For those as old as me you likely remember this line from the 80’s police drama Hill Street Blues.  And while the admonishment Sergeant Esterhaus closed every meeting with was intended to keep his fellow officers safe in the fictional Hill Street precinct, the warning equally applies to investors.  It is your money and some of the brightest minds on Wall Street would like nothing better than to take a slice of your investment pie.  Just this week two major investment houses were in the financial news for less than savory sales practices:

Wells Fargo, on the heels of a series of issues for the large bank, is reportedly being looked at in connection with putting investors in unsuitable investment vehicles, presumably ones with higher compensation structures for the “advisor”:

Not to be outdone, Ameriprise (amongst a slew of others) was fined by the SEC for putting retirement clients in higher fee investment vehicles between 2010 and 2015.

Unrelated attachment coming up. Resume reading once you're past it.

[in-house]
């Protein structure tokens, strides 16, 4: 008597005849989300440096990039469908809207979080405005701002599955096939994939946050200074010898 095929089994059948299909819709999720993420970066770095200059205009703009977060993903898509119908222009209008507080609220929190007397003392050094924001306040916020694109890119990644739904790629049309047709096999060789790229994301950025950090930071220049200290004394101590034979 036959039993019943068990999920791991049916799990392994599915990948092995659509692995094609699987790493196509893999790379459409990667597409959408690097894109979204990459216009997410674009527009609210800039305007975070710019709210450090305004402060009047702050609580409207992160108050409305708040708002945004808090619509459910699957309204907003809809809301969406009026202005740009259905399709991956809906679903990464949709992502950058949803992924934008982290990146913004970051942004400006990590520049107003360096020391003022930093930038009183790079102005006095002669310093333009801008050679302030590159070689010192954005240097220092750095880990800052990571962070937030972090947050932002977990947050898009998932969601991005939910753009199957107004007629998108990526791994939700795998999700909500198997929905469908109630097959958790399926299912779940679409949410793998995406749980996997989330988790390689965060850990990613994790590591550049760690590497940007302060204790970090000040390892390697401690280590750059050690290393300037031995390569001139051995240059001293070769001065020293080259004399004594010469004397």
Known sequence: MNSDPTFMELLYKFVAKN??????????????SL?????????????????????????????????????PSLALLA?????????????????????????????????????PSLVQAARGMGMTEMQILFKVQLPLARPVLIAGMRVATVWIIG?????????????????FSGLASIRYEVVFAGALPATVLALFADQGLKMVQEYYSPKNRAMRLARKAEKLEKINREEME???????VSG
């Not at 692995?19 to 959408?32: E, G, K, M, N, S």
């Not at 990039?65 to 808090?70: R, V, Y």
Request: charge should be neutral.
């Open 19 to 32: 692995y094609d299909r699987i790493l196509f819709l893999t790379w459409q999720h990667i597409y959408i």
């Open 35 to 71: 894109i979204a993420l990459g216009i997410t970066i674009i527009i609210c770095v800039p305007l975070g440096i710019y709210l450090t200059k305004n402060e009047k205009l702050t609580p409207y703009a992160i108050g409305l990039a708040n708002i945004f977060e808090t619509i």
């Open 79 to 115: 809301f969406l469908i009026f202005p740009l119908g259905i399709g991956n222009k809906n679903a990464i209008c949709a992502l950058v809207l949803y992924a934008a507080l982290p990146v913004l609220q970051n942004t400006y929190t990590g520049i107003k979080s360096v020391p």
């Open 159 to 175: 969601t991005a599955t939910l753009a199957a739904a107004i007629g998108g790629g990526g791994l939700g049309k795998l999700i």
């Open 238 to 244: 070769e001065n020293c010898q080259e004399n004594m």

Just last fall, TIAA-CREF, long thought to be a “selfless steward of its client’s assets”, was investigated by the New York Times resulting in a series of lawsuits for guess what?…putting client retirement assets in unsuitable investment vehicles with higher compensation models and higher expense ratios.

So now that the fiduciary rule appears to be DOA it is incumbent on investors to do their due diligence and ask tough questions.  In any other industry, consumers expect to know exactly what they are paying for the product they are purchasing.  In the financial advisory world, many consumers who would drive across town to save 5c/gallon on gas, simply go with the recommendation their “advisor” makes.  Yet this industry must be based on trust.  But trust goes both ways.  Consumers of financial advice deserve to understand their advisor’s compensation and what other investment options are available. Trust is earned from day one and continually earned throughout a relationship.

This post certainly does not imply that the lowest cost investment is the best investment.  That would be extremely shortsighted.  Rather consumers need to understand and ultimately trust that their advisor will do right by them.  The best way to get to that point is to ask questions.  If the advisor is unwilling or unable to answer those direct questions, particularly about their compensation that you are paying, my recommendation is to get out of their office.